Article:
Of course we couldn’t just let this go. We picked the brain of David Sheldon-Hicks, Founder and Creative Director of Territory Studio to ask about working on top secret projects and what it’s like playing in the Marvel Cinematic Universe.
No spoilers, I promise.
As well as designing the HitFilm logo, Territory Studio’s portfolio includes Prometheus, Jupiter Ascending, Ex: Machina, and Guardians of the Galaxy to name a few. They’re a great team to work with, it’s always exciting to see what they’re up to with the big studios.
K: It doesn’t get much bigger than the Avengers. Did Marvel give you much context for your designs? Were you given explanations of the scenes or a peek at the script?
D: We toured the concept art room, which was covered in floor-to-ceiling artwork of characters, vehicles, and locations throughout the film. We also had several readings of the script. This allowed us to analyse the characters and think about the sort of data they might look at on screens and the types of technology they might use.
[Editor’s note: Simon is now hyperventilating]
K: Once you knew the set up, what was involved in terms of building the initial concept through to the final designs?
D: We start with mood boards and visual research to understand quickly if we’re in the right area. We run these by the production designer and art director to get their feedback.
At first we were quite flamboyant with our designs, but realised the tone of this film was a bit more gritty and real, so we started pulling images and content from real world displays, such as brain scans, ECG’s, blueprints and engineering drawings and started mixing it with more Marvel design aesthetics.
From there we develop our designs for each character and set. It’s important that we get a consistent look across several screens. This allows the graphics look like they’ve been designed by the same software company. We animate content in 3D and then comp it into 2D for final UI animations.
K: How was interface designs used to evoke the character of each Avenger?
D: Each character had their own colour palette. Green for Banner (no surprises there), orange and blue for Stark and Cho, had vivid blues and pinks to give it a medical tone. Joss Whedon wanted this film to be bedded in a more authentic, real place so we took a lot of colour and tonal references from real-world industrial software.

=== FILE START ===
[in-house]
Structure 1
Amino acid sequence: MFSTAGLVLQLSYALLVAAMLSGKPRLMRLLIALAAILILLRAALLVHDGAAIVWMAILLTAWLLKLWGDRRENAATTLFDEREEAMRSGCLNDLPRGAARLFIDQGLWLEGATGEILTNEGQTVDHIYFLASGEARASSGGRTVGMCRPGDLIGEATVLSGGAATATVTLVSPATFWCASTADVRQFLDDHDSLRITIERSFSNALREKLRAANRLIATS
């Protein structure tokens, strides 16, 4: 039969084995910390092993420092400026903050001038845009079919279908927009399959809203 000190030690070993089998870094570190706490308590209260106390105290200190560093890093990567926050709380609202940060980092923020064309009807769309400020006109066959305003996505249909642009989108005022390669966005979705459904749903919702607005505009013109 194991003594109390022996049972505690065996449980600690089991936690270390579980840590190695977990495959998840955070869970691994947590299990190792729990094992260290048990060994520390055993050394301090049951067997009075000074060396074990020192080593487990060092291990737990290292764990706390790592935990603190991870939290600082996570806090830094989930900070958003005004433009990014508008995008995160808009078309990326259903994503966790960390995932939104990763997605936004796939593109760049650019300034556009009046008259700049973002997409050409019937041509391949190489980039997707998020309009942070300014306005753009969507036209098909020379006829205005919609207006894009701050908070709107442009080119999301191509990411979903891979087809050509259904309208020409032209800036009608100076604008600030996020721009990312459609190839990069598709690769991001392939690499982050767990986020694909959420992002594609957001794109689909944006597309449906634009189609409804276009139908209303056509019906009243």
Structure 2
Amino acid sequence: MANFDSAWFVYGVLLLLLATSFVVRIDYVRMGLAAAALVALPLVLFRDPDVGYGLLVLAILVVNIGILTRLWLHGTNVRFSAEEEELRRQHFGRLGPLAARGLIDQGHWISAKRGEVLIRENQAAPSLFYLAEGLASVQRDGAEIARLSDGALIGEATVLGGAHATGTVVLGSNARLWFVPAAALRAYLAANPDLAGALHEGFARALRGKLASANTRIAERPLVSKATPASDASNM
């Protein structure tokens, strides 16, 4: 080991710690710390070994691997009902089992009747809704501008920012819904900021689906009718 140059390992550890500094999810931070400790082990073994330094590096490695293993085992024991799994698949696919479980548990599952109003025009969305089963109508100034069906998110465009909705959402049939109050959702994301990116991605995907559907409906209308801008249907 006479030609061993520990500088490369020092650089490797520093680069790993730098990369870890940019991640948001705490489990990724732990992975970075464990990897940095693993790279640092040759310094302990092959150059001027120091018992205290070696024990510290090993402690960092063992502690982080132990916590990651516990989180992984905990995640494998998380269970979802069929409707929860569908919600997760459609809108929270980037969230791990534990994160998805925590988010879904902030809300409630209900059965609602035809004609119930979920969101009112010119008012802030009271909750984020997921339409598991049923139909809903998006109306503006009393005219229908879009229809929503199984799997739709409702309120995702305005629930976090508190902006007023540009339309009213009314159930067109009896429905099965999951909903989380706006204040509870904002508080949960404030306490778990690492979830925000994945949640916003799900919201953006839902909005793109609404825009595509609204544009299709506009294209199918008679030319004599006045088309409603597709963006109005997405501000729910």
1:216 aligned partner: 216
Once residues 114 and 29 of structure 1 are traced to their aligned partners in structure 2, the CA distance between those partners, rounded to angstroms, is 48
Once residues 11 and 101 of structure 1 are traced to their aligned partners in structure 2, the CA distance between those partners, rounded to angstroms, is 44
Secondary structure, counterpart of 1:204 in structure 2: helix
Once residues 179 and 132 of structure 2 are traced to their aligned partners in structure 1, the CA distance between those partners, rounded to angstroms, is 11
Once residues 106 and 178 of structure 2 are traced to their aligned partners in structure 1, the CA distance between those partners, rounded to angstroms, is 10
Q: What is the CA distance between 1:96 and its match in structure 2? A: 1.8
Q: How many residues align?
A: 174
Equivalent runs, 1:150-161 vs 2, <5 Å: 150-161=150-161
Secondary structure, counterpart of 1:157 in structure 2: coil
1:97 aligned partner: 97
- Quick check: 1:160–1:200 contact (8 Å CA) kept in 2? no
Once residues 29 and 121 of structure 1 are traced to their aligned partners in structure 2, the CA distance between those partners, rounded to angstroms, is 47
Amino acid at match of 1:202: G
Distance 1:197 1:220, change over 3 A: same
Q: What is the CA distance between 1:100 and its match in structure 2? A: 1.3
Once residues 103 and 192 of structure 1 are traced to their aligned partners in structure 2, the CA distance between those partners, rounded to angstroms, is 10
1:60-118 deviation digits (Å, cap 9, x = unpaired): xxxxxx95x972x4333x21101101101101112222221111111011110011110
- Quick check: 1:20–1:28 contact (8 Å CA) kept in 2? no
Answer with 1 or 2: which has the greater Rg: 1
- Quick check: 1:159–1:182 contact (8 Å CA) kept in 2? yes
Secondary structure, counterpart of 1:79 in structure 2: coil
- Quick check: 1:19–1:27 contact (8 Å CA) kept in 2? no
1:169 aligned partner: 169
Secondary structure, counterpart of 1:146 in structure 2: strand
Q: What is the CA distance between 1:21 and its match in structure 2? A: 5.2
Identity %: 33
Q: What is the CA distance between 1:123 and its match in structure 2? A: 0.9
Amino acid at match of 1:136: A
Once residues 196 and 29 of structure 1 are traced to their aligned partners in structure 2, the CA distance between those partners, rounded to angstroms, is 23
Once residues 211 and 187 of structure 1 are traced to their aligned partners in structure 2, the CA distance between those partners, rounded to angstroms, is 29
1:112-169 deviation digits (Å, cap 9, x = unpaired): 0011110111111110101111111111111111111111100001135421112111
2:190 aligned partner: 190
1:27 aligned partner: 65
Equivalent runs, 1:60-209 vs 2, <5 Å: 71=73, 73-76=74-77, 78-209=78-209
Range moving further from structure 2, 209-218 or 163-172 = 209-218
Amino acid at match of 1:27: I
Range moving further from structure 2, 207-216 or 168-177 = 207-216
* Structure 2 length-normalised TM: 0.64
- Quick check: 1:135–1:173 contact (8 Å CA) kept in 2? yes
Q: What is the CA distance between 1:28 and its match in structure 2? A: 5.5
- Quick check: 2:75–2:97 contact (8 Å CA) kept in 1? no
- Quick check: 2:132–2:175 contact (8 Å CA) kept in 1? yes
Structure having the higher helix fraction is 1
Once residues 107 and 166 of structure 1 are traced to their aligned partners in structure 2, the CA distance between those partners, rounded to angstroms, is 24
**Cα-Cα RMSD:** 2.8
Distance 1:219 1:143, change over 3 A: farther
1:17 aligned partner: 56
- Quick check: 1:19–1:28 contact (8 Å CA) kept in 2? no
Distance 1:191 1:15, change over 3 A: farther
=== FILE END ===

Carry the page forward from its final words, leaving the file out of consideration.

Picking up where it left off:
K: Territory created more than 200 screens and 80 minutes of unique animations across all 11 sets. How difficult was it to stay on schedule with such a heavy workload?
D: When a director says ‘Action’, you have to be ready! We’ve completed a lot of films now so we’ve developed a solid process for delivering many screens in a day turnaround. We always prefer to plan our work, but sometimes shoot schedules change quickly and we need to adapt. Fortunately, we work in a modular way so having several people working on the same set is achievable.
K: With that in mind, how long does it typically take to design and produce one screen?
D: For scripted graphics it can be 1 – 2 weeks. For more background work the average is a day for 2 animations (design and animation).
K: Were you given fairly free creative reign on these designs or did you work closely with Marvel?
D: The people we worked with closely were the production designer Charlie and art director Alan. They made sure that what we were doing tied into all other departments – such as costume and set designs. Compuhire, who we’ve worked with since Prometheus, ensures the graphics are delivered on-set for playback in front of the actors.
In the meantime, if you haven’t had your fill of the Avengers, do check out this interview with Christopher Boyes, supervising sound editor. It’s a field rarely covered in behind-the-scenes material, so it’s a refreshing insight into a vital part of any film’s post-production: